The usage, in the second paragraph, of verses from Song of Songs places an emphasis upon one’s relationship with God and upon the “kiss of death”. Moderns might call this an “easy death”, a going out of the soul. For the works under consideration, this can be seen as the hope that God will take one’s soul into the Garden of Eden.

The usage of sexual imagery at the time of death, is also quite intriguing. Here, in the midst of solemnity, love is expressed, that is, love between the dying person and God. This love between the two partners, which if the analogy may be extended, is consummated in death, concludes with the verses from the Sheron. The section of prayer from here until the moment of death is appropriately called the “verses of unity, consummation”.

Concerning these “verses of unification or consummation” it can be said that they resemble the concluding verses of the Ne’ilah service on Yom Kippur. The cabbalistic dynamics of these important verses are described in the following quotation from Maavor Yabok. Again, emphasis is placed upon the effect of the verses upon the harmony of the spheres, thereby influencing the Godhead.

The creator made the harmony in the higher worlds dependent upon the lower worlds, and therefore the higher worlds are not separated from the lover as it is written ‘And he will ride upon the cherub and he will fly’. First the spheres ride on malchut to harmonize it, and after, ‘and he will fly upon wings of the wind’ and with the verse ‘and He will kiss me from the kisses of His mouth that His love making is better than wine’, and thus ‘and Jacob kissed Rachel and he raised his voice and cried’; here there are seven worlds hinting at the seven kisses, seven breaths, that masculine clings to feminine, feminine with masculine, spirit with spirit, love with Foundation, and they are the foundation of seven and the seven which are spread out. ‘And he will ride upon the cherubs and he will fly’ ‘kiss me from the kisses of His mouth’ ‘God O God Lord’ ‘from Zion perfection of beauty’ ‘Hear O Israel’ ‘The Lord He is God, the Lord is One and His name is One.’ The Unity needs to join two hundred and forty-eight holy groups that they are by themselves from themselves to themselves and therefore ‘the Lord is One’ is connected with the Foundation letters [ ] the Foundation of Unity of ‘Hear O Israel’ Is the connection of Ayn Sof with the spheres and afterward is joined with them by Yesod. (see appendix XVIII)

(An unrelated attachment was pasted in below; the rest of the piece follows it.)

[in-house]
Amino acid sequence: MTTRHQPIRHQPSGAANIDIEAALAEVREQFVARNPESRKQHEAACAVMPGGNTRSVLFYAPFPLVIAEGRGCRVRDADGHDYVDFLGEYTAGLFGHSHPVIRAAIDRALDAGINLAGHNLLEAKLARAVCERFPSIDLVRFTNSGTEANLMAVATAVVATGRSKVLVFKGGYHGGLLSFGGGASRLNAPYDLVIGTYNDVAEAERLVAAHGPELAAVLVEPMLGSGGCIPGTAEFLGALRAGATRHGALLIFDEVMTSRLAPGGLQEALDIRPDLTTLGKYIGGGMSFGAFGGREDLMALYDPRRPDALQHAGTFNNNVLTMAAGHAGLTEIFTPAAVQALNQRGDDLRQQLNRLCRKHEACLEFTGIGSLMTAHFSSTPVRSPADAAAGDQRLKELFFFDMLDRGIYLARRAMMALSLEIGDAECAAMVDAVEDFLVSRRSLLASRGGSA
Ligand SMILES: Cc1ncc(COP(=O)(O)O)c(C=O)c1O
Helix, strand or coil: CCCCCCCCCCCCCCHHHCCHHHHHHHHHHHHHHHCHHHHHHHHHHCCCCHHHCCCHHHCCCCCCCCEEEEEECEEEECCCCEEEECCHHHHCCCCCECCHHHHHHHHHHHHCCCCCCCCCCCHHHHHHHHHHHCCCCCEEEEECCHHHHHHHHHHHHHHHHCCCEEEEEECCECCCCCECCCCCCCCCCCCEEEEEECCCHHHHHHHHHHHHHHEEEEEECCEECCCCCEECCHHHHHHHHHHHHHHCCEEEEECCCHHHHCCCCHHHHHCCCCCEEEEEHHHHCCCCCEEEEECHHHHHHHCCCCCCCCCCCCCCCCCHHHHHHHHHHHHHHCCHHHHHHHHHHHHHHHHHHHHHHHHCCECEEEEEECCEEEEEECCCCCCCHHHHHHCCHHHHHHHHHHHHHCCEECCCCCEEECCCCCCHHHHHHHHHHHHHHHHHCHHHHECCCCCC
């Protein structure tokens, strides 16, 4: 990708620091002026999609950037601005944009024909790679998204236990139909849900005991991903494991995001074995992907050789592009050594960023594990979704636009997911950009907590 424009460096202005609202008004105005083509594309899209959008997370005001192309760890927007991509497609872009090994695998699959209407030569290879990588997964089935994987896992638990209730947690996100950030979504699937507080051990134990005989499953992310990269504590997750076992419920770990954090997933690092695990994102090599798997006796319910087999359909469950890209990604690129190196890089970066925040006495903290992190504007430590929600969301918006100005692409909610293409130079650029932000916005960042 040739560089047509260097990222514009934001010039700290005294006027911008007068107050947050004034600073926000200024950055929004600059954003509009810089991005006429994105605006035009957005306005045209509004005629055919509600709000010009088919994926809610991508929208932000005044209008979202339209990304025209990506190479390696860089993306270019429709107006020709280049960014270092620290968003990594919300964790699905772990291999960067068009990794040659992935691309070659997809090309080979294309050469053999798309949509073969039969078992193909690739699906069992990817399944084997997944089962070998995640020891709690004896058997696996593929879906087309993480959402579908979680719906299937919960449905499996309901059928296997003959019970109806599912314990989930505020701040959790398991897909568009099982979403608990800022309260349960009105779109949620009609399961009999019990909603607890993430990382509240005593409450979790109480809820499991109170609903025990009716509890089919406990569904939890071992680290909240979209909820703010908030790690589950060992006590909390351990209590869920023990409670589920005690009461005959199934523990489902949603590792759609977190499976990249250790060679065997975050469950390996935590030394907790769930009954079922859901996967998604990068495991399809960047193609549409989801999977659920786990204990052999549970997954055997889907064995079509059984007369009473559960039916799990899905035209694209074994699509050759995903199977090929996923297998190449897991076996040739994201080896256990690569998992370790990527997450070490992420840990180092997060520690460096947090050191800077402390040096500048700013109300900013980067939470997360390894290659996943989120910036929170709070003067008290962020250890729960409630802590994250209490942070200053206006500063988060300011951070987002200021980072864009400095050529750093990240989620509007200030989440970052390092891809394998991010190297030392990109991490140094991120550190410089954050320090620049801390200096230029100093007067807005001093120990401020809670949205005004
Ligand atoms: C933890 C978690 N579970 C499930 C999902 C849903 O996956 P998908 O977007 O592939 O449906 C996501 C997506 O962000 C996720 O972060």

Aside from the description of theosophical activity of each Lord of this prayer, the opening sentence shows the cabbalistic system’s stress upon the ability of man to directly influence the upper spheres.

After this piyyut and these “verses of unification”, various psalms are said. The Shema, which contains the customary and important words that are to be said at the time of death, does not stand by itself, as it does in Sefer Haḥayyim. Instead, it is part of other biblical verses (“verses of unification”) and psalms. This arrangement does not necessarily detract from the Shema, if anything, it expands its basic idea of the unity of God.

Many thanks to Rabbi Ben Newman for introducing me to this piyyut via his paper on the 42 letter name. –Aharon N. Varady.




1Psalms 18:11.
2Song of Songs 1:2.
3Psalms 50:1-2.
4Deuteronomy 6:4.
5Psalms 100:3, Cf. Deuteronomy 4:35 and I Kings 18:39.
6Psalms 10:16 part, Psalms 29:10 part.
7Psalms 93:1 part, Psalms 97:1 part, Psalms 99:1 part.
8Exodus 15:18